The ochre-marked parakeet (Pyrrhura cruentata) is a species of parrot native to Brazil. It is also known as blue-throated parakeet and red-eared conure in English and tiriba-grande, tiriba, cara-suja and fura-mato-grande in Portuguese. It is listed as Vulnerable (VU) on the IUCN Red List.
This colourful parakeet is a predominantly green bird with conspicuous red patches on its belly, rump, and shoulder and before, below and behind the eye. The crown is dark brown to blackish, becoming mottled on the nape of the neck, and there is a broad, bright blue bib on the chest, extending thinly around the back of the neck to form a faint collar. The outer primaries are blue, and the tail is olive-green above, and brownish red below.
It inhabits the canopy of lowland humid forest and edge, occasionally up to 960 meters. It has also been recorded in small clearings and selectively logged forest, and persists (or at least persisted) in agricultural areas where many forest trees are retained (such as shade cocoa plantations). It feeds on seeds and fruit of secondary growth trees such as Trema micrantha and Cecropia. Feeding on agricultural crops has not been observed in the wild. Breeding apparently occurs in the austral spring, when 2–4 eggs are laid in a tree-cavity.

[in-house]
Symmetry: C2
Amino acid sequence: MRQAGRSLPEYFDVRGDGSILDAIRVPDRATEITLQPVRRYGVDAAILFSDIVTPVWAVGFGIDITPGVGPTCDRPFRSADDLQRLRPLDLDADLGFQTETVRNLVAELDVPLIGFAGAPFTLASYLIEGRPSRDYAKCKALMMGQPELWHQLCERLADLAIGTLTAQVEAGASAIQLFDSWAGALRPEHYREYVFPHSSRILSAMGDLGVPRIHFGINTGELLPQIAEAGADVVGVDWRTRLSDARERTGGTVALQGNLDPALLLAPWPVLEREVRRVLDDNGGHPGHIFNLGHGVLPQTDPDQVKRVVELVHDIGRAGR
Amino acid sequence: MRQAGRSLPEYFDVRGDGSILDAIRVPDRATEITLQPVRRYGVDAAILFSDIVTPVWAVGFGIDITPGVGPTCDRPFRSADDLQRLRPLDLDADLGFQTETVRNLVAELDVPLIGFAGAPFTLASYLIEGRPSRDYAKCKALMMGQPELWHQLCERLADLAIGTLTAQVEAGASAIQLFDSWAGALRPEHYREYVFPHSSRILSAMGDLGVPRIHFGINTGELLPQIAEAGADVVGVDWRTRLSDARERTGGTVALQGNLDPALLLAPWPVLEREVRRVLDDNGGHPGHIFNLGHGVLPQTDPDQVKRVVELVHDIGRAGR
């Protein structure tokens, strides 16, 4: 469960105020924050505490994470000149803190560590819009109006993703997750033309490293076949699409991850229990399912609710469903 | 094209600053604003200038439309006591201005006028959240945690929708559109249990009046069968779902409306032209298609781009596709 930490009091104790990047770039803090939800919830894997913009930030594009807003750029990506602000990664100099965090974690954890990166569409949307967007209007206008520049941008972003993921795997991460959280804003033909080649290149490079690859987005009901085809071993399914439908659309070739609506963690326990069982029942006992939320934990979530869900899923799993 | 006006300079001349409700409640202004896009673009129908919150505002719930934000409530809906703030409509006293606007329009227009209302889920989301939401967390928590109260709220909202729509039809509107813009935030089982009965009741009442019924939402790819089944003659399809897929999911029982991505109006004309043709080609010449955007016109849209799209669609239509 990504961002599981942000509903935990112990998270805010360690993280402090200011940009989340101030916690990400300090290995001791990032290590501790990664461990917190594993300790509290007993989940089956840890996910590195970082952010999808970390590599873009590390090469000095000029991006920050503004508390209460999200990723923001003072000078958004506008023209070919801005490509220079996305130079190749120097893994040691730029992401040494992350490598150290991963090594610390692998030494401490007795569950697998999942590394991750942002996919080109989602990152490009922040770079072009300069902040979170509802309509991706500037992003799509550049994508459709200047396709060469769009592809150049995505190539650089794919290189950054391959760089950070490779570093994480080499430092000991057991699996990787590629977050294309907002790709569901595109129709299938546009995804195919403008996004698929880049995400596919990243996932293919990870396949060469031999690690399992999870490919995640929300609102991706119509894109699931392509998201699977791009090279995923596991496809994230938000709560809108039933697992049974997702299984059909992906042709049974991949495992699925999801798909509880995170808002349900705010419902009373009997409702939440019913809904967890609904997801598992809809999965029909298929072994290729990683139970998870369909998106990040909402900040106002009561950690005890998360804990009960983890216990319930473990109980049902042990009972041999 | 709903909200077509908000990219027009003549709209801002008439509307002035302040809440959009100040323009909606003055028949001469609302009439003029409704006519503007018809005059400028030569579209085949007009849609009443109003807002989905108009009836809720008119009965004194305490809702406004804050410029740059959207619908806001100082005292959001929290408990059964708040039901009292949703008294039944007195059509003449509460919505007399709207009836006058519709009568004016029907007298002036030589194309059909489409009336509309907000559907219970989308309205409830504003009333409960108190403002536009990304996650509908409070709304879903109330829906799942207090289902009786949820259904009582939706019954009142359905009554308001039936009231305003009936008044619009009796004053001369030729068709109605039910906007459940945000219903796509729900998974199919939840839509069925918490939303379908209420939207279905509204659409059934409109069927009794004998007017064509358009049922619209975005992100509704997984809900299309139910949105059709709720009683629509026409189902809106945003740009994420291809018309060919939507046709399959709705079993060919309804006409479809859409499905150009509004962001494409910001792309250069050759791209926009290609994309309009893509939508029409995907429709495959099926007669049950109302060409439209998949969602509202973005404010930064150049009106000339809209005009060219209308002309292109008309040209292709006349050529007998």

Pyrrhura cruentata was formerly common throughout much of south-east Bahia, Espírito Santo, east Minas Gerais and Rio de Janeiro, Brazil. Its current distribution is highly fragmented and now mostly restricted to isolated reserves. The stronghold is the Sooretama Biological Reserve and adjacent Linhares Forest Reserve, Espírito Santo. It remains common in Estação Vera Cruz (formerly the Porto Seguro Reserve), Bahia. Elsewhere it can be relatively common, but numbers in the large Chapada da Diamantina and Monte Pascoal National Parks, Bahia, appear low.
The population is estimated at 4.8 to 41 individuals per square kilometer times 1030 square kilometers for a total between 4944 and 42,230 individuals. It is best placed within the band 2500–9999 individuals.(Marsden et al. ).